Property Appeal Guide

Property Appeal Guide

As Controller, it is my job to make sure our County government is working for every one of our residents. The property appeal process is complex and ever‑changing. I hope today’s presentation helps you better understand this process and your rights.

This guide is intended to be a resource and is not legal advice.

How are Property Taxes calculated?

The property taxes in Allegheny County are the result of two separate values: the millage rate, which is set by the taxing bodies, and the property values. The property value can be changed through the appeal process, while the millage rates are set by the respective taxing bodies. To calculate the total property taxes: Take the sum of all the respective millage rates, multiply by .001, and then multiply that sum by the property value.

Use this Property Tax Estimate worksheet to get an estimate on your property taxes.


Would I benefit from appealing my Property Taxes?

There is no cost to file an appeal with Board of Property Assessment Appeals and Review (BPAAR). If you feel that your property assessment is too high, relative to your neighborhood, then an appeal may be worth pursuing.

When can an appeal be filed?

The annual appeal period begins on January 1st and closes on March 31st. All appeals, whether filed by the property owner or the taxing body, must be filed by the appeal deadline. Late appeals are only accepted under very limited circumstances.

What can trigger an appeal?

  • Owner Appeal: New appeals can be filed and accepted beginning January 1st through March 31st.
  • Taxing Body Appeal: Usually only in the case of a recent purchase – taxing bodies will file yearly appeals on recently purchased properties that have sold above the current assessed values. For example, if property X was purchased for $150,000 and its current assessed value was $65,000, there is a high probability that the school district (and to a lesser extent, the municipality) will file an appeal.
  • Recent changes to building (filing of building permits) This route is rare but it does occur when the permit drastically alters the value of a property. In some cases, this will trigger an interim appeal.

Do I need an attorney?

In most cases, no. However, please refer to our website for further information.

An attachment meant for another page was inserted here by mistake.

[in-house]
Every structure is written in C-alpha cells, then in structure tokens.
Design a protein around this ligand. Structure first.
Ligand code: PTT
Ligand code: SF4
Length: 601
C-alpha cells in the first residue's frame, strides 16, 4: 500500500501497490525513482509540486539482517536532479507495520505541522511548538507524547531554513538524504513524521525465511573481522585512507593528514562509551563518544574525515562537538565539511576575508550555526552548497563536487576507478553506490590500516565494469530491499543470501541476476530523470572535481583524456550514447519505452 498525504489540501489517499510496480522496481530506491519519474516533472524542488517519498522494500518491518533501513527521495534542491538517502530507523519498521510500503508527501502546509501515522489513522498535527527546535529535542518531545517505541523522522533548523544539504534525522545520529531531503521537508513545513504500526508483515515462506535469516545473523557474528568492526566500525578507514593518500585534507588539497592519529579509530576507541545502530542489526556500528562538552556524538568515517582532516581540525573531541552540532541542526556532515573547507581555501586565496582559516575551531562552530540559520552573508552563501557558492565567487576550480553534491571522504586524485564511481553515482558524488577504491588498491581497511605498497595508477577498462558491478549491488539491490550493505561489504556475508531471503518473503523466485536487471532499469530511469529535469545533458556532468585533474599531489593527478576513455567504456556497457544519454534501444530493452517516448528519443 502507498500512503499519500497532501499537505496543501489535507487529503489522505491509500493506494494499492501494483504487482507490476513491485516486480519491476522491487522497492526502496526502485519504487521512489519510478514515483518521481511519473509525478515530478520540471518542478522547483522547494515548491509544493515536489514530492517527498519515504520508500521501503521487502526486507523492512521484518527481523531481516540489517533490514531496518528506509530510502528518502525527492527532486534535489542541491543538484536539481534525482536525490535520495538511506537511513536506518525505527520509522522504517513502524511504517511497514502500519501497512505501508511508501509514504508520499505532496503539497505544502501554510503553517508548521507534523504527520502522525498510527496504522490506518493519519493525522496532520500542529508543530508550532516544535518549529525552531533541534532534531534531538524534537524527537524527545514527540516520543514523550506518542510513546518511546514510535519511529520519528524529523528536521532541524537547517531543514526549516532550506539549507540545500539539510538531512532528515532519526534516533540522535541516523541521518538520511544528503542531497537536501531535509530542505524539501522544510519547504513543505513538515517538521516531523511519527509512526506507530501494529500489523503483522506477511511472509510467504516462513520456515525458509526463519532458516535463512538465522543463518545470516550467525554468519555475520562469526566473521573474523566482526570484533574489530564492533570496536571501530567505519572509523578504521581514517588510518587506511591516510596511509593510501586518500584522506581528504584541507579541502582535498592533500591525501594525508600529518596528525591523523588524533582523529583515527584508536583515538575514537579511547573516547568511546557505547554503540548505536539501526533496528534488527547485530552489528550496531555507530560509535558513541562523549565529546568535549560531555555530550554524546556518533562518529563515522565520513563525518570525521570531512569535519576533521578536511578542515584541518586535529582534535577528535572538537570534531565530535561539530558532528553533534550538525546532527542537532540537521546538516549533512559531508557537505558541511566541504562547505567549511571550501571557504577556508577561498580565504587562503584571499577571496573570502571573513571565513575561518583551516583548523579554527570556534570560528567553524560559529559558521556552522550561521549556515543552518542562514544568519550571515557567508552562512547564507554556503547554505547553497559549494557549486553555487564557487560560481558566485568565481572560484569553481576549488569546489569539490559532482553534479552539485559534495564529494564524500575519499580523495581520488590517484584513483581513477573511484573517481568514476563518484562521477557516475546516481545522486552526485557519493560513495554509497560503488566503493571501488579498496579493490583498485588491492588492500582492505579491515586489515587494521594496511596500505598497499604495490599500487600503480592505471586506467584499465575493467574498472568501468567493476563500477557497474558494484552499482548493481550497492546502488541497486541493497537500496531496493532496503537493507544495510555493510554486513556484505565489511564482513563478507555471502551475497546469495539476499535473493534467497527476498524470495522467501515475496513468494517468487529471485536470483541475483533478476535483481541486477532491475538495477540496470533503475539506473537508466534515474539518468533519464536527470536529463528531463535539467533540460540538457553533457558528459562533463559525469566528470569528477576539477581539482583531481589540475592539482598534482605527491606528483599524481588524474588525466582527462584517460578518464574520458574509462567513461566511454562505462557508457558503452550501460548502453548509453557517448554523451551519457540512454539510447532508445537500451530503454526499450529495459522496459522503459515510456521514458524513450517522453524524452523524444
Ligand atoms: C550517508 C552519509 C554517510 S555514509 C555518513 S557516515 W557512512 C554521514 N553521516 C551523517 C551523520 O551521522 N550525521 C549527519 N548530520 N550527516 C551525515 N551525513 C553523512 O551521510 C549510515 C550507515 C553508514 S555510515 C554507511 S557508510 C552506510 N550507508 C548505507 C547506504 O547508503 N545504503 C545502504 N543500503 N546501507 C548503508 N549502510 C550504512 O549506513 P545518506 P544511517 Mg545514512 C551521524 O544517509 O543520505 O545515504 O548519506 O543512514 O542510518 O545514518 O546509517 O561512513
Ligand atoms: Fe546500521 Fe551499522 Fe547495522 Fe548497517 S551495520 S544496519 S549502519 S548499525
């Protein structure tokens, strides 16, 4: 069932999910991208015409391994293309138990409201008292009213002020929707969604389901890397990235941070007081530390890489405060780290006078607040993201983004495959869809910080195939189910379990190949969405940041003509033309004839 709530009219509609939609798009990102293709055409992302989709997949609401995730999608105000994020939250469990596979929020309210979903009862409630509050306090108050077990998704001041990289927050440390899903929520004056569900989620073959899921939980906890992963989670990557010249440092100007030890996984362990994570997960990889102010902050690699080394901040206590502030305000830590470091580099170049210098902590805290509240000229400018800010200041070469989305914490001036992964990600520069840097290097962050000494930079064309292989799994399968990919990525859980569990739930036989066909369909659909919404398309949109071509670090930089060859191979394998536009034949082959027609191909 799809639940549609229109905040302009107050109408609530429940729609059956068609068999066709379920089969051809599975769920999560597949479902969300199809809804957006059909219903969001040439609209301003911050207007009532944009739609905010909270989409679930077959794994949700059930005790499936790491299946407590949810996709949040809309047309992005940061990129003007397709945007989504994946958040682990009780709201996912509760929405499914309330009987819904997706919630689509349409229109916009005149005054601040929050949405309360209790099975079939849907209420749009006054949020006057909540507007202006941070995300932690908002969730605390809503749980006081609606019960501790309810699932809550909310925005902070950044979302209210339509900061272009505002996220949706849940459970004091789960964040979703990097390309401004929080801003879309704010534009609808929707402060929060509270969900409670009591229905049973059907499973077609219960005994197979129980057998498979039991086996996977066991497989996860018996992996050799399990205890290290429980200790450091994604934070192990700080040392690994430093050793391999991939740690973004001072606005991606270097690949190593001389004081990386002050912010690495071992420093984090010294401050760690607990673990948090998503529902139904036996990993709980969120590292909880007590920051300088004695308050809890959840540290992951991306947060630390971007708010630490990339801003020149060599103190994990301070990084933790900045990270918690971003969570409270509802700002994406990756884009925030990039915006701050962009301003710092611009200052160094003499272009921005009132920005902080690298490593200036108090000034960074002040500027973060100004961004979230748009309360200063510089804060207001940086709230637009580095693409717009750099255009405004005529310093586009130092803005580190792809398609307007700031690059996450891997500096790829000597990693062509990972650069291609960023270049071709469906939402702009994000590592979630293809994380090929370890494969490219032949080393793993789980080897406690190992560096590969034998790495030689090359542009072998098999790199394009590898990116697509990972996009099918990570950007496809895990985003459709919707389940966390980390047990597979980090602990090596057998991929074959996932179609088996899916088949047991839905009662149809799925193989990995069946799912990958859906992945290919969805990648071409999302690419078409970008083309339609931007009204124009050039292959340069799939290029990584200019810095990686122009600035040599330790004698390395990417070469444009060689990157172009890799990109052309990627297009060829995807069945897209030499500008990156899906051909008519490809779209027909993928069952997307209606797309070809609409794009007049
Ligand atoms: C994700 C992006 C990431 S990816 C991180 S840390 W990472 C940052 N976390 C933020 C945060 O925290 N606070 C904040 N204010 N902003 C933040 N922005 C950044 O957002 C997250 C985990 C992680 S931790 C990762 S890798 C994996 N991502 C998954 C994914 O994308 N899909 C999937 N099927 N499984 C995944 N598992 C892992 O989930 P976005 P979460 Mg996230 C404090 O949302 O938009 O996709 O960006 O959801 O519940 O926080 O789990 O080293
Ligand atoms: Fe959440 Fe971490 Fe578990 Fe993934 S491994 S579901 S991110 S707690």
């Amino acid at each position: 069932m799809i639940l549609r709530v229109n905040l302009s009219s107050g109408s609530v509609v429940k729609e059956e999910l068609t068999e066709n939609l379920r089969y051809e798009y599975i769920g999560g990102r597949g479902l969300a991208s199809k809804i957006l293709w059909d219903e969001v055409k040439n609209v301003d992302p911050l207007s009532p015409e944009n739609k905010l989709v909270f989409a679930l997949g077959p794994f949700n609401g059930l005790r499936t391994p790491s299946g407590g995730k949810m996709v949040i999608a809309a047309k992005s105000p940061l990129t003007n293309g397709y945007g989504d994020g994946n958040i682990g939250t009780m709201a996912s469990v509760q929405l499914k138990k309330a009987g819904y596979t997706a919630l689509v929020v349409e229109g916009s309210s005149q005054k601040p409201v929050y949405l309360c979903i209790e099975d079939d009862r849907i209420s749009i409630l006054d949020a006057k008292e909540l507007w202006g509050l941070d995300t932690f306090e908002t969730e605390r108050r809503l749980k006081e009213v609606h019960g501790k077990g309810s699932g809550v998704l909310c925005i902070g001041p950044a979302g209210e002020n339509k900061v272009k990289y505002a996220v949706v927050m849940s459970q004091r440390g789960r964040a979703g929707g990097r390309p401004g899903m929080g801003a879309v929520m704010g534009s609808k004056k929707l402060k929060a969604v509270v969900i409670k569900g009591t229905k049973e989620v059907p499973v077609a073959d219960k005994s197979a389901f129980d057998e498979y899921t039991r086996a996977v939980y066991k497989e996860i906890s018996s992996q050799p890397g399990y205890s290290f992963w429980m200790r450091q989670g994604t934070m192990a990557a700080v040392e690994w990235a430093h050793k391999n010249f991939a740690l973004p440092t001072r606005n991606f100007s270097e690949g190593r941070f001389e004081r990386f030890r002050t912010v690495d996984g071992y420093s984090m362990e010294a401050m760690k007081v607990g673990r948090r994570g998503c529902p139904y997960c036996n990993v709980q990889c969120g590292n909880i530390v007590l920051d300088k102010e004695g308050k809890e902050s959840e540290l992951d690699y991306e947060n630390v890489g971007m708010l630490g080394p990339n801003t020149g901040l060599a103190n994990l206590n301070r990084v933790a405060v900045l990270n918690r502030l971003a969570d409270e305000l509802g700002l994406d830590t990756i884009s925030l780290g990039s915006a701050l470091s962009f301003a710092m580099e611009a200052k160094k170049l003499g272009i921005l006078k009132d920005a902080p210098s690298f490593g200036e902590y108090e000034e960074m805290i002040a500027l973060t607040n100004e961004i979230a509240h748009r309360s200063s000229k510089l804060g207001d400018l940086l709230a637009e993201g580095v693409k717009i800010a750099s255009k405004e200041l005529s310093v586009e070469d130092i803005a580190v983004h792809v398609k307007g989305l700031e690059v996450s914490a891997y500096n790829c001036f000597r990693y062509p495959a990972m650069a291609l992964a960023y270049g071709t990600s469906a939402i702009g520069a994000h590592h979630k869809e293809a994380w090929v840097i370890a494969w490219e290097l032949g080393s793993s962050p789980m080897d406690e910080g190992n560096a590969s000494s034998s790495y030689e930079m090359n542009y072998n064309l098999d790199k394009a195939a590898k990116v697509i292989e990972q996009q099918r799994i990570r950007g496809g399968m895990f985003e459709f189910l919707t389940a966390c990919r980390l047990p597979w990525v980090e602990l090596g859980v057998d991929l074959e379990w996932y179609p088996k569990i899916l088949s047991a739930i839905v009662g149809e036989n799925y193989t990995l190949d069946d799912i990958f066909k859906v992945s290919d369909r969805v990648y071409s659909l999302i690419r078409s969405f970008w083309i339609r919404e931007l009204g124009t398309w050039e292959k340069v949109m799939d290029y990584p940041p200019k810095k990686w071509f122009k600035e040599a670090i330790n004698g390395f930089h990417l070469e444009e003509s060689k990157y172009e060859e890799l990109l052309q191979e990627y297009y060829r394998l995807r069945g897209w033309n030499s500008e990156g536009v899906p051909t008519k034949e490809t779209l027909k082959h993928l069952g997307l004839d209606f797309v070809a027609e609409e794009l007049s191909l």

What type of evidence?

This will vary and be specific to each individual property and appeal. Appraisals, sale comparables (NOT assessed values), pictures of problem areas, and estimates of needed repairs are some of the most commonly used and accepted pieces of evidence. As a general rule, the evidence should be tangible and verifiable and is better than simple oral testimony. A picture or an estimate of a problem area is better than describing it.

  • You may submit evidence online via the Real Estate Portal page for the parcel. See the “Appeals Status” tab.
  • You may email evidence using attachments to:
  • You may mail paper copies to:
    542 Forbes Avenue
    County Office Building, Rm 334
    Pittsburgh, PA 15219

NOTE: All evidence must be received by the County at least 10 days prior to your scheduled hearing. Additionally, evidence will not be returned, as it will remain part of the official hearing file. Keep a copy for yourself, as well.
Examples of evidence formats are: picture files, PDF’s, Word documents, and other static sources, not including links or videos.

What is the formal process at the Board of Property Assessment Appeal & Review (BPAAR)?

Despite being named a “formal hearing”, it is rather informal. In the pre-COVID era, hearings were in an office-like room with a hearing officer, an individual with a real estate background, who will accept the evidence presented and write a report with their opinion. The report will go in front of a reviewer, and finally it will be voted on by the entire Board of Property Assessment Appeals and Review. The actual hearing takes about 10 minutes, but the wait for a ruling usually takes up to 6-8 weeks. Since COVID, all of the hearings are now conducted by phone. It is unclear if there will be a return to in-person hearings.

What to do in the event of an unfavorable disposition at the BPAAR level?

In the event of an unfavorable ruling, there is recourse in the form of an appeal to the Board of Viewers in the Court of Common Pleas. This appeal does have a filing fee and must be filed within 30 days of receiving the disposition from BPAAR.

Download brochure

More Questions?

Attend on of our in-person property education sessions.